MONTGOMERY, Ala. (AP) - Republican Robert Bentley easily won re-election as governor on Tuesday, defeating Democratic challenger Parker Griffith and demonstrating the dominance of the GOP in Alabama.
Bentley polled more than three-fifths of the votes in nearly complete returns and posted the biggest winning percentage of any modern-day Republican governor in Alabama. He topped a ticket that saw Republicans win every office elected statewide and maintain their control of all three branches of state government.
Bentley said his victory stemmed more from his personal relationship with voters than from his policies. The former Tuscaloosa physician used his low-key bedside manner to start building that relationship in his 2010 campaign, and he said he strengthened it with the state’s recovery from deadly tornadoes in 2011 and his visits to a different Alabama town nearly every week.
“The people feel that we care about them. That relationship we’ve developed over the last four or five years has really paid off,” he said in an election-night interview.
Democrats haven’t won a gubernatorial election in the state since Don Siegelman was elected in 1998.
Griffith said he was hurt by entering the race during the last hour for candidates to qualify after other prominent Democrats, including former Lt. Gov. Jim Folsom Jr., decided not to run. He said he was also hurt by Bentley’s refusal to debate and by Republicans successfully tying him to an unpopular president.
“This election was nationalized. This was more about President Obama than me. This was more about the national Democratic Party than a Southern Democrat,” Griffith said in Huntsville.
Bentley acknowledged that he and other Republicans were helped by voters’ unhappiness with the president and Democratic policies in Washington.
“The Democratic Party is in trouble, especially in Alabama,” he said.
Bentley, 71, was a two-term state representative when he left his Tuscaloosa dermatology practice to make a long-shot run for governor in 2010. He underwrote his own campaign and ran on a job creation platform, telling voters he wouldn’t take a salary as governor until unemployment dropped to 5.2 percent.
He campaigned for re-election on lowering the unemployment rate from 9.1 percent when he took office in January 2011 to 6.6 percent in September and announcing 60,000 new jobs since taking office, including an Airbus assembly plant for Mobile.
Bentley’s decision not to take a paycheck and his focus on the state’s economy got him a vote from George Chapman, a 47-year-old small businessman from Montgomery. “He’s slowly upticked the economy. He’s given us great leadership for the last four years,” Chapman said.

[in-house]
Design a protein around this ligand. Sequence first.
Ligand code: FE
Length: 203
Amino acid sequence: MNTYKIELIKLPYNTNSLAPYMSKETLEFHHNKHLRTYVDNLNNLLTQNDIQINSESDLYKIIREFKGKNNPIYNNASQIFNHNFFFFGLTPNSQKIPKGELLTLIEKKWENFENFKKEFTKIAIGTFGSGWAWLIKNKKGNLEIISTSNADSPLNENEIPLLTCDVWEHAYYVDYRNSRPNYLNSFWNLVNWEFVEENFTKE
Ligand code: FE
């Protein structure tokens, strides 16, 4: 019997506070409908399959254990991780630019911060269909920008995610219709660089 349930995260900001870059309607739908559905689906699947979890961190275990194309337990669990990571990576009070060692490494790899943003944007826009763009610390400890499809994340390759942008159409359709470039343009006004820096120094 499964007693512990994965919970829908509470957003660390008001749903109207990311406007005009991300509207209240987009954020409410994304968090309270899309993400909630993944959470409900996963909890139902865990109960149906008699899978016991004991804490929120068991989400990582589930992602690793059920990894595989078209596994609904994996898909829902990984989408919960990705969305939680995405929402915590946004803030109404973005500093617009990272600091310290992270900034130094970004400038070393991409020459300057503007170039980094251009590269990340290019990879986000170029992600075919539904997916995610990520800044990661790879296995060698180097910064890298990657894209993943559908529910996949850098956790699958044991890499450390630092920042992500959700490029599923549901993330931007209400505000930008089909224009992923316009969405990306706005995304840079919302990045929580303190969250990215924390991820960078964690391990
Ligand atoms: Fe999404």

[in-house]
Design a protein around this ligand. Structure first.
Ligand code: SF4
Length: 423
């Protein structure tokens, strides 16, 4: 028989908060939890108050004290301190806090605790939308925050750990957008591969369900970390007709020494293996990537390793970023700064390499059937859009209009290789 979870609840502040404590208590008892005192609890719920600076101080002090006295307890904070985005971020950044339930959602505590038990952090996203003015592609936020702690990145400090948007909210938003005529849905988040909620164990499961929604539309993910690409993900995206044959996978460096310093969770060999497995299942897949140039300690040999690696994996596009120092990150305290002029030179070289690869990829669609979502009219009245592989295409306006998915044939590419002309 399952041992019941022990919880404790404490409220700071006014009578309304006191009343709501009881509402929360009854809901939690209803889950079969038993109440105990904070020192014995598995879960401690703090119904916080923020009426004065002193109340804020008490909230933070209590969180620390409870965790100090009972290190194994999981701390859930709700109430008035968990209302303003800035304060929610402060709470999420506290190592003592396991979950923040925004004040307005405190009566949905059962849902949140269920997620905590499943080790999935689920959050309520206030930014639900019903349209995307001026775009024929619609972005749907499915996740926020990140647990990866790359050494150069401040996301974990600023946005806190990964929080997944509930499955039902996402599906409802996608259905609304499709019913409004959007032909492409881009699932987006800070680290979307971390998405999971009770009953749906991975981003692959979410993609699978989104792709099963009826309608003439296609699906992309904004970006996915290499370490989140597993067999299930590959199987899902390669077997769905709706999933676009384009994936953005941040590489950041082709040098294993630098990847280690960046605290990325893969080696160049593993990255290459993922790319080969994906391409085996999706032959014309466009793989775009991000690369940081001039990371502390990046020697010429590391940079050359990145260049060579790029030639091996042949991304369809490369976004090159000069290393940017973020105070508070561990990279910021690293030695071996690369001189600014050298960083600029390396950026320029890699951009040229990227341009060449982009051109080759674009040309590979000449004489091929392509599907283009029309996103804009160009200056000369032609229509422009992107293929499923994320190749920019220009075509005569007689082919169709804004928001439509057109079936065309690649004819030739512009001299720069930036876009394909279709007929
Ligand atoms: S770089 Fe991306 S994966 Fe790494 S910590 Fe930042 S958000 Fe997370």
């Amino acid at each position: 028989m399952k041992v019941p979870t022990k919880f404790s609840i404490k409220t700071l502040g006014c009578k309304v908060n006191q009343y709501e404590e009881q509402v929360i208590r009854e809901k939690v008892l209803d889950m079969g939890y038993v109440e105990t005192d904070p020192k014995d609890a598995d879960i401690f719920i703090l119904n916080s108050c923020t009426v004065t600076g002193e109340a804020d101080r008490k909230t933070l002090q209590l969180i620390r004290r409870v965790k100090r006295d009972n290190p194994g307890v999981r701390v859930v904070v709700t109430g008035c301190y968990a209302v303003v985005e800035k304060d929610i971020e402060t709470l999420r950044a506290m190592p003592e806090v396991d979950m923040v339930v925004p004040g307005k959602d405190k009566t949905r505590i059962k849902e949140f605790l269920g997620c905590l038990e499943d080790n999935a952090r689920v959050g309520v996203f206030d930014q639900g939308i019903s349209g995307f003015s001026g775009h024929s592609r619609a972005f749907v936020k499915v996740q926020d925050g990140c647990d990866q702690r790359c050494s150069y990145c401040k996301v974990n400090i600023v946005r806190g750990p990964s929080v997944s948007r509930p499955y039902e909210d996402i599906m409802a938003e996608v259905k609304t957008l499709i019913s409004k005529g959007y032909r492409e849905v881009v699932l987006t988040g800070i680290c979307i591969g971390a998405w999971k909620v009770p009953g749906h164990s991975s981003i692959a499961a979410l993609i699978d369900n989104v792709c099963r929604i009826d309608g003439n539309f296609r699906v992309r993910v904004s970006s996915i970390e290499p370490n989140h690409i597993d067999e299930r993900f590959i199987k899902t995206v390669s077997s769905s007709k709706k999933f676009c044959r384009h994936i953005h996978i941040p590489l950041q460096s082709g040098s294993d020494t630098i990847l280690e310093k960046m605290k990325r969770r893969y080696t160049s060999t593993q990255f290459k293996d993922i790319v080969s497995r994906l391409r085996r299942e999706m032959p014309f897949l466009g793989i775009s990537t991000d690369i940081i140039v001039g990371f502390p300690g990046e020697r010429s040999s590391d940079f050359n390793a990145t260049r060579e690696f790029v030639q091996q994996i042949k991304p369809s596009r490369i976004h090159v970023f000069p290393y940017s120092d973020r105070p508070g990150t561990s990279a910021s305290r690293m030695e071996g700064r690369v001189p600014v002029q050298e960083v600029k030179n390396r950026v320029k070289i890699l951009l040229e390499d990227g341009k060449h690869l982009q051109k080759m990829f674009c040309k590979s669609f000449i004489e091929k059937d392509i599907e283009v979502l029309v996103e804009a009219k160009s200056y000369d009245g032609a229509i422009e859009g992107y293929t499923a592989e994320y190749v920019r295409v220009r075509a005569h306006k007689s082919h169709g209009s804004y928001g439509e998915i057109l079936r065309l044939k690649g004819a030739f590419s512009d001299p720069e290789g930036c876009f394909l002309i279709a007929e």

Several voters said they knew little about Griffith and saw no need for replacing Bentley in the governor’s office. “He’s done good work for Alabama, and I want it to stay that way,” said John Pratz, a 67-year-old Air Force retiree from Montgomery.
Bentley raised nearly $6.8 million in campaign donations, giving him a 10-to-1 advantage over Griffith.
Griffith, 72, was a cancer physician in Huntsville before serving two years in the state Senate and then being elected to the U.S. House in 2008 as a Democrat. He switched parties in 2009 and lost the Republican primary in 2010. He switched back to the Democratic Party and made a late entry in the governor’s race.
Griffith said his late entry hampered fundraising, but he pumped more than $500,000 of his own money into the campaign to portray Bentley as “a failed governor.” Griffith pointed out that Alabama’s unemployment rate remains above the national average, funding for public schools is below its pre-recession level, and Alabama’s overcrowded prison system is at risk of a federal takeover.
Griffith campaigned on a platform similar to Bentley’s Democratic opponent in 2010, Ron Sparks. He advocated expanding Medicaid under the federal health care law and creating a state lottery to pay for college scholarships and enlarge the state’s pre-kindergarten program.
Ronald Marlow, a 43-year-old Montgomery hospital employee, said he voted for Griffith because of Bentley’s refusal to expand Medicaid.
“If he would do that, it would help people. Instead of putting politics first, you should put people first,” he said.
Jason Shifferd, a 28-year-old English composition teacher from Montgomery, said he doesn’t gamble but was attracted by Griffith’s lottery stance.
“People are going to Florida and Georgia to spend money on lotteries that are being used to support their schools. That money could be used here,” he said.
Griffith said he plans to remain active in politics and continue to push for Medicaid expansion and a state lottery.
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